Meet the Team

Gillian Hayler

Created on June 06, 2017

Meet the Team - Gillian Hayler

This is the eighteenth in a series of posts designed to provide you with some information about the team at Old Bailey Solicitors, what they do and why they do it! 

Today its the turn of the paralegal who only deals with not guilty cases, Gillian Hayler 


What is your job title? 

Paralegal and Accredited Police Station Representative.


How long have you been with Old Bailey Solicitors? 

I have been working at Old Bailey Solicitors for nearly 17 years.


What did you do before joining Old Bailey Solicitors? 

After college I started working in the Legal Department at Mid Sussex District Council as a Secretarial Assistant dealing with Tree Preservation Orders and Debt Recovery.

I left the Council to go travelling and then completed a legal secretary’s course on my return.

What made you decide to work for a firm of criminal defence specialists?

I joined the firm in August 2000, working as a legal secretary for the family, employment and criminal departments. Over time, I started working predominantly for the criminal department which was of more interest to me.

Whilst working for the firm, I completed a Paralegal course and made the transition from secretary to fee earner. I really enjoyed the diverse nature of the role and decided that I wanted to take it one step further by becoming an Accredited Police Station Representative.  This required me to have a more in depth knowledge of criminal offences and the laws relating to police powers.  

Describe your typical day at work 

I usually start my day at the office where I catch up on emails and prepare crown court cases. This involves meeting with the clients, taking instructions, explaining court procedures and preparing their defence case, ready for trial. I also meet with defence witnesses and spend a lot of time instructing experts and liaising with the court and the CPS.

I attend prisons to meet with our clients that have been remanded into custody. I take their instructions and work through their case, explaining the law and court procedures. I also attend Police Stations to represent clients that have been arrested. I advise them in relation to the evidence against them and take their instructions. I then advise them whether they have a defence and if they should answer the police officer’s questions in interview.  This part of the job also involves ensuring that my client’s rights are being observed by the police.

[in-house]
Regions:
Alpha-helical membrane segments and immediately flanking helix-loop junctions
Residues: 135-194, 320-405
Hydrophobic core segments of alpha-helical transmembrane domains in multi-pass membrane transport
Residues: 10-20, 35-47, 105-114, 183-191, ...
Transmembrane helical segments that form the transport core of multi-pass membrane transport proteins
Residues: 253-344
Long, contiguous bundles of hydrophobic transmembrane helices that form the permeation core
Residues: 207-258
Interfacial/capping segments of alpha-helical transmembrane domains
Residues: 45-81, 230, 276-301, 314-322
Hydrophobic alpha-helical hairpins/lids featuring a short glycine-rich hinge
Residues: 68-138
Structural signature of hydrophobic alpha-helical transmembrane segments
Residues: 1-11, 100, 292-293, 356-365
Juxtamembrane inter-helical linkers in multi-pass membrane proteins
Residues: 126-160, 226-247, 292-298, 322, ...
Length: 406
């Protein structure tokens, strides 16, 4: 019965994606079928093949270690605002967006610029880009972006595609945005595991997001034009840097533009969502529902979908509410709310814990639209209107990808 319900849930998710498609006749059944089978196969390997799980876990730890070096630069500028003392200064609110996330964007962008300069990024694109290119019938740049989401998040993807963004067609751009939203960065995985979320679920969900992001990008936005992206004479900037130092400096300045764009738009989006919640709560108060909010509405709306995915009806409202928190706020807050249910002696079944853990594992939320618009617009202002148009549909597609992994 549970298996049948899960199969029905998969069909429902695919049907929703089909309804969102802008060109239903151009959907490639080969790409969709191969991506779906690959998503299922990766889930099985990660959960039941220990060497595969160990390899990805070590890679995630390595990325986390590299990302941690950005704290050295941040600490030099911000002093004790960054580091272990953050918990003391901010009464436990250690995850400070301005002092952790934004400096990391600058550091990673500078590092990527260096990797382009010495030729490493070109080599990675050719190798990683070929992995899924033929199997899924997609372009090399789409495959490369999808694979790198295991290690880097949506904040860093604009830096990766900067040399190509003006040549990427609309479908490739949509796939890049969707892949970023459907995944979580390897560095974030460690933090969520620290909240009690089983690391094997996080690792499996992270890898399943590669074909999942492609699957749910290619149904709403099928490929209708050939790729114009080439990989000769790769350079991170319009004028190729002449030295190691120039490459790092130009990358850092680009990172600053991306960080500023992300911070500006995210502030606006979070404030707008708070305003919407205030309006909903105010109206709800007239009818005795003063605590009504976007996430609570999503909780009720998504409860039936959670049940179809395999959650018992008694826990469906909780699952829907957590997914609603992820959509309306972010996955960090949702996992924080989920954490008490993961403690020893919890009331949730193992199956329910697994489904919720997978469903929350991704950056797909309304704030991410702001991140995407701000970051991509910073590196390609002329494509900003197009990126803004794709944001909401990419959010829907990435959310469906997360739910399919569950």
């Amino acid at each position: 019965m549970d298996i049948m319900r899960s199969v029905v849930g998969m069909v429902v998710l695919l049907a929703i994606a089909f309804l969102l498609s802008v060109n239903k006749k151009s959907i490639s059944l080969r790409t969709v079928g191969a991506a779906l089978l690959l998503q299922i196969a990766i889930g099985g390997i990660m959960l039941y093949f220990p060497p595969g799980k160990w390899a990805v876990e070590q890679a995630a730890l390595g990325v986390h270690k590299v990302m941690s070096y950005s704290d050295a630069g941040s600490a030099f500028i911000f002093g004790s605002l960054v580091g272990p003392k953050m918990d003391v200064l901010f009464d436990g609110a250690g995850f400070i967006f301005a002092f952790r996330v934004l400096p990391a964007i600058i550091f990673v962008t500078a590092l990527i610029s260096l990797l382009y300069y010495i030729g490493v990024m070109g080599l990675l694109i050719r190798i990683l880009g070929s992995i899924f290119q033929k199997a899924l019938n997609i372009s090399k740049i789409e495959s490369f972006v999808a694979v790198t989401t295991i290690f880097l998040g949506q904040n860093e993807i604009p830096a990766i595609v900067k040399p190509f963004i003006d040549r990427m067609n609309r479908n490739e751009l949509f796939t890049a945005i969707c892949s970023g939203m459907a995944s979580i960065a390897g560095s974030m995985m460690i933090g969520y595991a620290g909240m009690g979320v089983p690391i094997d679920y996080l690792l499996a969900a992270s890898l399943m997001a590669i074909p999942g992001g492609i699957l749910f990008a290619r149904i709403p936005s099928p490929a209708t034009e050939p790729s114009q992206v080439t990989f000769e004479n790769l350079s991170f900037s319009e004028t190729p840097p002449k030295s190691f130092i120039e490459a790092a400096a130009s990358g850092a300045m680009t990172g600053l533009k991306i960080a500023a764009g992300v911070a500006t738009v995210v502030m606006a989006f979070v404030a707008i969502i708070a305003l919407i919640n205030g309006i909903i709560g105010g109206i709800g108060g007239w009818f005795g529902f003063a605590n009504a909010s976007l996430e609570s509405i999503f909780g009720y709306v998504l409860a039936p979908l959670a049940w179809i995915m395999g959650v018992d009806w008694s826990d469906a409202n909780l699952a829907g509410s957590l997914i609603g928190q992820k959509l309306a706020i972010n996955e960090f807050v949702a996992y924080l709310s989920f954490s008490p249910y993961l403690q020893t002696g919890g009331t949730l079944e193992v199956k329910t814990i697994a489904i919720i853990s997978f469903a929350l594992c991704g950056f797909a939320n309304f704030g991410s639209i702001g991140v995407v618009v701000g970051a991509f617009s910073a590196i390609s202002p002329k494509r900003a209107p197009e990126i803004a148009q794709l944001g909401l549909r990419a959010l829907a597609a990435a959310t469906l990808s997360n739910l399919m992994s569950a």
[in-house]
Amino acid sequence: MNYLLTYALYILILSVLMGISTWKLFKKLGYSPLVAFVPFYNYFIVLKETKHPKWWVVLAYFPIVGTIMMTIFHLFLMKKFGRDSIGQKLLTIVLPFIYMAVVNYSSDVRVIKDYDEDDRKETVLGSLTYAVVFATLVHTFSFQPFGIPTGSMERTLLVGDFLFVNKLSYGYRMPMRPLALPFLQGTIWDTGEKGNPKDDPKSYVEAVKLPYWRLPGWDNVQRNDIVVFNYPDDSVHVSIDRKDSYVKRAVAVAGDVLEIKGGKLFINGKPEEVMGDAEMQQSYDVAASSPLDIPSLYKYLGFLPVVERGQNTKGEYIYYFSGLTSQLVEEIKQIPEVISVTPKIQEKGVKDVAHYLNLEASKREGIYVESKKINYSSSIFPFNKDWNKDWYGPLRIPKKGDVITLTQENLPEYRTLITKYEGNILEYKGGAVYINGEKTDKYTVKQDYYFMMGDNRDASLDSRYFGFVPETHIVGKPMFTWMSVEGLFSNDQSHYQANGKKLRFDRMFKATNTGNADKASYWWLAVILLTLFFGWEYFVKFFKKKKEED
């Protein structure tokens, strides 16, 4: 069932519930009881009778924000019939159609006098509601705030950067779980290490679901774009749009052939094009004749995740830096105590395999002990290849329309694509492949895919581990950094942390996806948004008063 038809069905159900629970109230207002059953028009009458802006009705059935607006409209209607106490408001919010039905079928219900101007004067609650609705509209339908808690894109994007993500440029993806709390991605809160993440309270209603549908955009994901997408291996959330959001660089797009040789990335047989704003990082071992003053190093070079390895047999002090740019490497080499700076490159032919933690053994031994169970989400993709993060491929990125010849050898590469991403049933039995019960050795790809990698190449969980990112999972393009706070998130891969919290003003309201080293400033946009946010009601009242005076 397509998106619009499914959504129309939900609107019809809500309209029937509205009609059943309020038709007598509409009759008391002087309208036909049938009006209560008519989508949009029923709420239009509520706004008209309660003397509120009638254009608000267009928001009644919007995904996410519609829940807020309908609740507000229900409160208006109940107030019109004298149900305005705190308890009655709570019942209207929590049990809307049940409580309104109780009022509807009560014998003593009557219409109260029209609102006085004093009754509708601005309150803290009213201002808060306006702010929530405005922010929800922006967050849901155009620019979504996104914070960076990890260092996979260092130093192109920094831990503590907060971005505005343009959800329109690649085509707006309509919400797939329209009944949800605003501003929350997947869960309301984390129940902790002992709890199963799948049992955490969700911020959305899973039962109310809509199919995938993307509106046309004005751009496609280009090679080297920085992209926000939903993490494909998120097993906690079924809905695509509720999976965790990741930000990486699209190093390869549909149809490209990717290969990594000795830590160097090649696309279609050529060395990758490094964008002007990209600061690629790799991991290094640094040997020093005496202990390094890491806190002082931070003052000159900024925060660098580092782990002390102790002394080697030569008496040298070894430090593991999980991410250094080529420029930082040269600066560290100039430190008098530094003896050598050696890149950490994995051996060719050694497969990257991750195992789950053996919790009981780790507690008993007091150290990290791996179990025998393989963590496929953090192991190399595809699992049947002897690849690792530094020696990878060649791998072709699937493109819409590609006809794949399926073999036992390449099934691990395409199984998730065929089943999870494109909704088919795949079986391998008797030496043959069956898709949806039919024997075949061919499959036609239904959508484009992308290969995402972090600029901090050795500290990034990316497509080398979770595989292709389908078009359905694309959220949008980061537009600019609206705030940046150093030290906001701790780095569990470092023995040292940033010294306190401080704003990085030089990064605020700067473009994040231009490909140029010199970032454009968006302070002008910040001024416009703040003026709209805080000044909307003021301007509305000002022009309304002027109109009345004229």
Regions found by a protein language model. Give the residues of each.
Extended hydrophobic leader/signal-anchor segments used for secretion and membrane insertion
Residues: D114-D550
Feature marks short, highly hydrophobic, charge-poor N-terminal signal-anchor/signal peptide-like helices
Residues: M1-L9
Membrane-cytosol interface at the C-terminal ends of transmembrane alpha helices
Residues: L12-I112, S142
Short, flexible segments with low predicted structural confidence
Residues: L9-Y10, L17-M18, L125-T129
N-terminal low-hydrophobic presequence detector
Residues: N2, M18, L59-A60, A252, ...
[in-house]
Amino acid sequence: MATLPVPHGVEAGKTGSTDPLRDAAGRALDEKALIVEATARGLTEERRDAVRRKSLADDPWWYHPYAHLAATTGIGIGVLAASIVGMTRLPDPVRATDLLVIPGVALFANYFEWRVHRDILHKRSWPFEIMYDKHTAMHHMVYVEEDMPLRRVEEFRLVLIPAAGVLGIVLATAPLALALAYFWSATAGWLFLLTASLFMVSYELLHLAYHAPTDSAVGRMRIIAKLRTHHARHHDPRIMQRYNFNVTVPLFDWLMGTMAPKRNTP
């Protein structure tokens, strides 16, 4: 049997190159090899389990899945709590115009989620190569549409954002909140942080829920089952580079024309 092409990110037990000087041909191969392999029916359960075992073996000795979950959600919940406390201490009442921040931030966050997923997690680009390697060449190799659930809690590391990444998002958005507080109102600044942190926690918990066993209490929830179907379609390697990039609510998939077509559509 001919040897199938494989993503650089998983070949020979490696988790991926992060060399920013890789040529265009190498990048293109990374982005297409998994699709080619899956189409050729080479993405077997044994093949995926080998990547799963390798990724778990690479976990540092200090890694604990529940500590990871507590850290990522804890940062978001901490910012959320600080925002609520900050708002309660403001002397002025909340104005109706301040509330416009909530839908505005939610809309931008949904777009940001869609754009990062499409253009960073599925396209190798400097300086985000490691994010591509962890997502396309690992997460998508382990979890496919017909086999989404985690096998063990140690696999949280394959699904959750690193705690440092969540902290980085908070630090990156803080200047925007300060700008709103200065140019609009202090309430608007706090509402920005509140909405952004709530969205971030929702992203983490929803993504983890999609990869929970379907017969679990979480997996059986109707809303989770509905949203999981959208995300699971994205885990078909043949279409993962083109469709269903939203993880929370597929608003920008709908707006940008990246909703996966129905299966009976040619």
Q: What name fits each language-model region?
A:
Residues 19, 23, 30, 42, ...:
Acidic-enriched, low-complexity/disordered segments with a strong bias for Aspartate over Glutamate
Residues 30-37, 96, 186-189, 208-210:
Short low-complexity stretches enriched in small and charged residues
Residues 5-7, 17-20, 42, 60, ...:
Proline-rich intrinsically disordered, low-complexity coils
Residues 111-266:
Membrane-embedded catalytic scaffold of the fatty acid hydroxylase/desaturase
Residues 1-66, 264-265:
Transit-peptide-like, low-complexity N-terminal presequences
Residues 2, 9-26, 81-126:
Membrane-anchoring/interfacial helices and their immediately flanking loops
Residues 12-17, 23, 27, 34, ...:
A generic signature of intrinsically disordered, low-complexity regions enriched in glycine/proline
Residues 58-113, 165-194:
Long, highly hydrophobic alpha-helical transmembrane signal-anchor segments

What do you enjoy most about your job? 

I enjoy helping people when they find themselves caught up in the criminal justice system. This involves making sure their account is heard and answering any questions they may have. Whether our clients are guilty or not guilty, they like to know that they have someone on their side, looking out for their best interest.  I have come to learn that many cases are not quite as they first seem. 

What do you find most challenging? 

Making sure we have filled out forms with enough information and evidence to obtain funding for the case and funding for experts.

Trying to liaise with other agencies and receiving no response. The cuts and underfunding of these bodies causes frustrating delays.

If you could implement one single change to the criminal justice system, what would it be?

Until recently I would have said that the police should be using their arrest powers less and dealing with suspects by way of voluntary interview wherever possible.  Over the years, they have tended to arrest first and think about it afterwards.  Being arrested is a stressful and costly experience and it isn’t necessary in most cases.  However, recent changes to the pre-charge bail laws may be having the desired effect already.  

Gillian Hayler

Gillian Hayler

Gillian has specialised in criminal defence for the last 14 years and is an Accredited Police Station Representative.  She builds strong and successful criminal defence cases and works closely with Crown Court trial advocates.

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